[1910.11424v1] Capacity, Bandwidth, and Compositionality in Emergent Language Learning
We hypothesize that this is due to the large number of examples in our language, which almost forces the model to generalize, but note that there are likely additional biases at play that warrant further investigation.

Abstract Many recent works have discussed the propensity, or lack thereof, for emergent languages to exhibit properties of natural languages. A favorite in the literature is learning compositionality. We note that most of those works have focused on communicative bandwidth as being of primary importance. While important, it is not the only contributing factor. In this paper, we investigate the learning biases that affect the efficacy and compositionality of emergent languages. Our foremost contribution is to explore how capacity of a neural network impacts its ability to learn a compositional language. We additionally introduce a set of evaluation metrics with which we analyze the learned languages. Our hypothesis is that there should be a specific range of model capacity and channel bandwidth that induces compositional structure in the resulting language and consequently encourages systematic generalization. While we empirically see evidence for the bottom of this range, we curiously do not find evidence for the top part of the range and believe that this is an open question for the community.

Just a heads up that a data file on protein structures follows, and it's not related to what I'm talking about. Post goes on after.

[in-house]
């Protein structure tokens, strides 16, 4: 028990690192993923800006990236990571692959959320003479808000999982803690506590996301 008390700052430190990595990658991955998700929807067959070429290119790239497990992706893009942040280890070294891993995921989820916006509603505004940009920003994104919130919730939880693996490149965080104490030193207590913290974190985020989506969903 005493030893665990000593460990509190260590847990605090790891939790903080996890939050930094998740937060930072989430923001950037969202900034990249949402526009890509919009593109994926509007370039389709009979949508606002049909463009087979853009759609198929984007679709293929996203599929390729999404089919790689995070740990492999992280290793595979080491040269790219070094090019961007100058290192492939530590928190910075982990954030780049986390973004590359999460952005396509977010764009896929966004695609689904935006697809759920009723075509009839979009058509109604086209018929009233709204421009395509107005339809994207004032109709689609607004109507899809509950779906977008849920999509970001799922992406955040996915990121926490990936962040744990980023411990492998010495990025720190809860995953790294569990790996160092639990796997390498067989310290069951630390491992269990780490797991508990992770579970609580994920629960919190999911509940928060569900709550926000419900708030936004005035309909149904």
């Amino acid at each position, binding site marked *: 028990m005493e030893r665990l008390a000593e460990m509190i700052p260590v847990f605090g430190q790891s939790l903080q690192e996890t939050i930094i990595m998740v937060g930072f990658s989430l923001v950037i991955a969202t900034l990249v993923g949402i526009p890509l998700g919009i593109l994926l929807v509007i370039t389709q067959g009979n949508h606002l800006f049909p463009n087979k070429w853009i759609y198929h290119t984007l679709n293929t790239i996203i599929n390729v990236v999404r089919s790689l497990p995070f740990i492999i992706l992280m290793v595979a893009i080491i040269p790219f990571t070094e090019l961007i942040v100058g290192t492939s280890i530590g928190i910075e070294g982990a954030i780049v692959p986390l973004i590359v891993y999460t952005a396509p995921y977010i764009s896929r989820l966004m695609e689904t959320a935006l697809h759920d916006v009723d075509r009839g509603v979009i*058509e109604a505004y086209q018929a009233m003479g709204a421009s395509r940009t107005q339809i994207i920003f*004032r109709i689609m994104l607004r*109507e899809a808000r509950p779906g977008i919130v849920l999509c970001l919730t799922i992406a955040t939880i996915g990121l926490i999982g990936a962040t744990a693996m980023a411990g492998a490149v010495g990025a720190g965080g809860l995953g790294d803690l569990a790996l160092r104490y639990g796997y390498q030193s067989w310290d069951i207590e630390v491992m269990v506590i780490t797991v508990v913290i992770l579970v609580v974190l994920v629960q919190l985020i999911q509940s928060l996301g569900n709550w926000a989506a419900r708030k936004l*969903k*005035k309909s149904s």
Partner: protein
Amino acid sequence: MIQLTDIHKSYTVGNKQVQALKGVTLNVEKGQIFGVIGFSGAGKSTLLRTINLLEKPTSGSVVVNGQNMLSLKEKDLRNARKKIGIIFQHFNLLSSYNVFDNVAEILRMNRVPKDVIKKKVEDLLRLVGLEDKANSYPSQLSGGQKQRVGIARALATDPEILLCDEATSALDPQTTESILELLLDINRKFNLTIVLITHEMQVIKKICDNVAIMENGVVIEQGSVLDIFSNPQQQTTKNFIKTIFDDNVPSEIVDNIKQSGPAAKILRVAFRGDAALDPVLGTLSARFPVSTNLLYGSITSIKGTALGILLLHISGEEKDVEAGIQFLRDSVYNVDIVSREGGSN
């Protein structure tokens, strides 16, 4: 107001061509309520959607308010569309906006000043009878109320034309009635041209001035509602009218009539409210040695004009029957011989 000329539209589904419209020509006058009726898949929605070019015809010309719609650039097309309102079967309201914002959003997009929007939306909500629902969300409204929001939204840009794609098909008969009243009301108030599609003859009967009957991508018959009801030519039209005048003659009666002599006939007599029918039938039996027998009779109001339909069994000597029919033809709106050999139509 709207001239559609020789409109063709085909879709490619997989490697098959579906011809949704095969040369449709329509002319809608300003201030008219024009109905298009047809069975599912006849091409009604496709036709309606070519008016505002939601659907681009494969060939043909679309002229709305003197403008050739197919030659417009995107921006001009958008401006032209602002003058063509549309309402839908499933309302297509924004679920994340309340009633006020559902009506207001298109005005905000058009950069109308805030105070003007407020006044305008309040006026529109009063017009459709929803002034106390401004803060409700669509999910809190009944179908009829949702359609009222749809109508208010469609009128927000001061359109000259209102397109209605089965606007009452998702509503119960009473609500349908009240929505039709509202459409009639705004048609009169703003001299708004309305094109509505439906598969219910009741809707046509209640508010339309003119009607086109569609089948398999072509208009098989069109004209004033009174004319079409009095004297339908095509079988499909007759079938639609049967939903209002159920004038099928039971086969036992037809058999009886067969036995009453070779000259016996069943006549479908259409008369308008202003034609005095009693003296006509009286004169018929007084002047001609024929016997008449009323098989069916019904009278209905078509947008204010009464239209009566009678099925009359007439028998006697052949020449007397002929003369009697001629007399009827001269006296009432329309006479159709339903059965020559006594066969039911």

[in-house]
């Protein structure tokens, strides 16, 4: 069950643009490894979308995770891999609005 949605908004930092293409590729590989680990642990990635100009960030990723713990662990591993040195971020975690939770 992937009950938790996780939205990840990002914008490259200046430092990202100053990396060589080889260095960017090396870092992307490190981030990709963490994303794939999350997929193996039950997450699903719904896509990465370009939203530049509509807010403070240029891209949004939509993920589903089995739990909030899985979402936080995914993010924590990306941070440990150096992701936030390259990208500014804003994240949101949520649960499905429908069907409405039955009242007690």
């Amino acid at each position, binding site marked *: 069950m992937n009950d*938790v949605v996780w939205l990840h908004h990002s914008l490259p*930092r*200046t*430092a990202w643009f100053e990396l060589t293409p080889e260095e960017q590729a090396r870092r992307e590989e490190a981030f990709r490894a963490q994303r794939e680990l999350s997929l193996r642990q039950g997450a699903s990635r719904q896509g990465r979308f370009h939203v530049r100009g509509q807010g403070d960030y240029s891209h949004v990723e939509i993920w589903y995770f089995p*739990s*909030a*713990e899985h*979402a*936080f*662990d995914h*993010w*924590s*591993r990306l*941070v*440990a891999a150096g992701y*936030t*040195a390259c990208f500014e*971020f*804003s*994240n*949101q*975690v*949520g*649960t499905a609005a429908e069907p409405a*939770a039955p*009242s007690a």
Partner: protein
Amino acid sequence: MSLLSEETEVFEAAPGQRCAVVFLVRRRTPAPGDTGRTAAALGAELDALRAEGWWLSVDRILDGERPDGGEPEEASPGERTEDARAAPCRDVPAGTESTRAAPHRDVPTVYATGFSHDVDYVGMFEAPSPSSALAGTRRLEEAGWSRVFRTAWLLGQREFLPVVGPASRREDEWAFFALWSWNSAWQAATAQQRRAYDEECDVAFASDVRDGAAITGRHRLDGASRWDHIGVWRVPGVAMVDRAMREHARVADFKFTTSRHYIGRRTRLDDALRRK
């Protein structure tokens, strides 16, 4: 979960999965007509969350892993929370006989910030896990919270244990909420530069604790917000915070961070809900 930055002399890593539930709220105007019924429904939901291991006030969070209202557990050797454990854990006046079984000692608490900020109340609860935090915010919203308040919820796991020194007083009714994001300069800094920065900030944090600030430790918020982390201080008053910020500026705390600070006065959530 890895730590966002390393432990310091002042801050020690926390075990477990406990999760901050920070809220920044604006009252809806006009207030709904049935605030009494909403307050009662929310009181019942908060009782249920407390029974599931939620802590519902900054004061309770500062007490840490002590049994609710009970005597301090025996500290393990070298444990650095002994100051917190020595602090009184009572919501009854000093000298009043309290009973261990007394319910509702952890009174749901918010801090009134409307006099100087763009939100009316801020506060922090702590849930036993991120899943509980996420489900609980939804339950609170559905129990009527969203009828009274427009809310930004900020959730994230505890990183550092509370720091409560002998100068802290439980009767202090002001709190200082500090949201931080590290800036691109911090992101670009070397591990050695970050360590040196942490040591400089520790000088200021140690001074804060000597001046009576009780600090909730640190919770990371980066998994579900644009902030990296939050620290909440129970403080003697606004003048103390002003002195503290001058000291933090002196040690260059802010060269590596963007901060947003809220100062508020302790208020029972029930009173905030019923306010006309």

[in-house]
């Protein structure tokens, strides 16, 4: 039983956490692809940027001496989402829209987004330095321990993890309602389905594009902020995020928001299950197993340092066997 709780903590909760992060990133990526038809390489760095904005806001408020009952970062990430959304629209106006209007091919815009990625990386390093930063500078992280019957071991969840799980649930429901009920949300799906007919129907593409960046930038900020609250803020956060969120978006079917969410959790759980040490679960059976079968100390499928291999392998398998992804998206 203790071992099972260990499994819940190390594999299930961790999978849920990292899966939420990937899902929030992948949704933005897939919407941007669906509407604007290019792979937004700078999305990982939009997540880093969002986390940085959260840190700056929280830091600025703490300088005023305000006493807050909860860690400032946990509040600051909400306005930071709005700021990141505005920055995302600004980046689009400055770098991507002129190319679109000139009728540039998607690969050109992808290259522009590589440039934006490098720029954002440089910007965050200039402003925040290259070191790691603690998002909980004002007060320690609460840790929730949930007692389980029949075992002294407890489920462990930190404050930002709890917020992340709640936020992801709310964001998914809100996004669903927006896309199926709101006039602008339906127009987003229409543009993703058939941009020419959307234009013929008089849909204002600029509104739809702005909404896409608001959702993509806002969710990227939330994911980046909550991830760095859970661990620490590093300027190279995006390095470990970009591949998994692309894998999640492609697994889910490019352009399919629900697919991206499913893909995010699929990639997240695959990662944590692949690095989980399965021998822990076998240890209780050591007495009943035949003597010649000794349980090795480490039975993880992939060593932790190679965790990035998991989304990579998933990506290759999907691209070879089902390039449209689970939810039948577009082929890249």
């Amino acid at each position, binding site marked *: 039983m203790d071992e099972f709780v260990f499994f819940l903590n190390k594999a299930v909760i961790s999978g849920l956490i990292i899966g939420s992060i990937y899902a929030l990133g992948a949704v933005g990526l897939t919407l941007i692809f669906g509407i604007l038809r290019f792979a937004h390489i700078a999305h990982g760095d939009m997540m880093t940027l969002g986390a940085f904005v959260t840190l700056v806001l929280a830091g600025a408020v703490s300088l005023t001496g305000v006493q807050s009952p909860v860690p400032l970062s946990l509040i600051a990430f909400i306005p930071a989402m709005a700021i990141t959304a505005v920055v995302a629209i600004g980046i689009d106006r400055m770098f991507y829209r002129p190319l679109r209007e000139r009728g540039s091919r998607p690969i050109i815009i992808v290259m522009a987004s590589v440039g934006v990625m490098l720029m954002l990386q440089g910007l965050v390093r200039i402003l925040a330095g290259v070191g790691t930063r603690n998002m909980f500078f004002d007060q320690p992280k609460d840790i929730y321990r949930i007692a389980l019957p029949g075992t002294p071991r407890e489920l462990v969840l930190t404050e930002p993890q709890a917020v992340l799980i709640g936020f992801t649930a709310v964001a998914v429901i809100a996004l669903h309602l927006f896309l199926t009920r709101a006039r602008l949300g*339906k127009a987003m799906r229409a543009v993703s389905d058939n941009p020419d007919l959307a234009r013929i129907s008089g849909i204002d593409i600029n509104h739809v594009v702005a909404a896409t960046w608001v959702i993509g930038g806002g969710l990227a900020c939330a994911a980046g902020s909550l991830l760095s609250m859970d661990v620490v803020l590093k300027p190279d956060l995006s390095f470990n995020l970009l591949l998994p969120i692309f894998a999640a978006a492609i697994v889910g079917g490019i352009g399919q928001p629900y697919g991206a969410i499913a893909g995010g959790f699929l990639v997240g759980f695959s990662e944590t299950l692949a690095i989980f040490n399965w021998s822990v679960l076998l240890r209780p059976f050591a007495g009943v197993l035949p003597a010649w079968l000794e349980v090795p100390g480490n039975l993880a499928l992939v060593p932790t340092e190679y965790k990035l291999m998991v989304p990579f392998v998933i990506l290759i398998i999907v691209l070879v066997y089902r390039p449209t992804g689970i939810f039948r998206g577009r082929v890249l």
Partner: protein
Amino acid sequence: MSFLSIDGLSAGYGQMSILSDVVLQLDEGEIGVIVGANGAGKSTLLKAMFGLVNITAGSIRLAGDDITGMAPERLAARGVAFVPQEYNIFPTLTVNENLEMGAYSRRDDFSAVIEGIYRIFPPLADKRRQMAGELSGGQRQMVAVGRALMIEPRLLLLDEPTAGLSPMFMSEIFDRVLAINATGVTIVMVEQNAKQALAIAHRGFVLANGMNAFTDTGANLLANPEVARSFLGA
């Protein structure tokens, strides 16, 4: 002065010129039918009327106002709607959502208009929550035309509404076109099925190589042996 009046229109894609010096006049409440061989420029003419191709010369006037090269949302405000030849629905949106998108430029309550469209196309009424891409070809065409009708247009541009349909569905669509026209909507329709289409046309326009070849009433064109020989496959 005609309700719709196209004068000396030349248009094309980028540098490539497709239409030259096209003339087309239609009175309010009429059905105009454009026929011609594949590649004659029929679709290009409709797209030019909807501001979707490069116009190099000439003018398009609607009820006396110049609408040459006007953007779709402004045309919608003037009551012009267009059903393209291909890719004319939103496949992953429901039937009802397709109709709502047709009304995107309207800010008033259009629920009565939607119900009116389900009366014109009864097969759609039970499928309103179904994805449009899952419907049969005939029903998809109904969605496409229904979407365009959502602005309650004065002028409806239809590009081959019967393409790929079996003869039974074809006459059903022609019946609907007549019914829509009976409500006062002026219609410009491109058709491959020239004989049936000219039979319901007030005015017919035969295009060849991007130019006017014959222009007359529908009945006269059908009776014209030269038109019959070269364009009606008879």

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Figure 1: Main results for model A showing best and worst performances of the proposed metrics over 10 seeds. See Section ?? for detailed analysis. Panels (a) and (f) show the accuracy of the training data, (b) and (d) show entropy, (e) and (g) show recall over the test data, and (c) plots the max difference in accuracy between training and test. (Results)Figure 2: Histograms showing precision and recall over the test set, and entropy results for model A. Each bit/parameter combination is trained for 10 seeds over 200k steps. Precision and Recall are computed as described in Eqs. (??) and (??) with M = |Dtest| and N = 10000. (Results)Figure 3: Model A Entropy vs Overfitting: Charts showing per-bit results for Entropy vs (Train Validation) over the parameter range. Observe the two models in bits 23 and 24 which were too successful in producing a non-compositional code and consequently overfit to the data. (Appendix)Figure 6: Entropy metric for models A and B as described in §??. Similarly to our analysis of model A in the main section, we see that model B’s chart supports the view we had of its recall in Figure ??. (Appendix)Figure 4: Efficacy results for models A and B. (Appendix)Figure 5: Precision and recall for models A and B. Similarly to model A, we see that model B has perfect precision. However, its recall chart shows a different story. The first takeaway is that while there is still a strong region in the top right bounded below by ∼ 360k parameters, it does not extend to 22 bits on the left side. This supports our notion of a minimal capacity threshold but adds a wrinkle in that this architecture influences the model’s ability to succeed with fewer bits. (Appendix)Figure 7: Results when running Model A with N = 4 categories instead of N = 6. Here we need at least dlog2 104 e = 14 bits to cover all the input combinations. Observe that there is not much difference in the histograms to the N = 6 scenario. (Appendix)›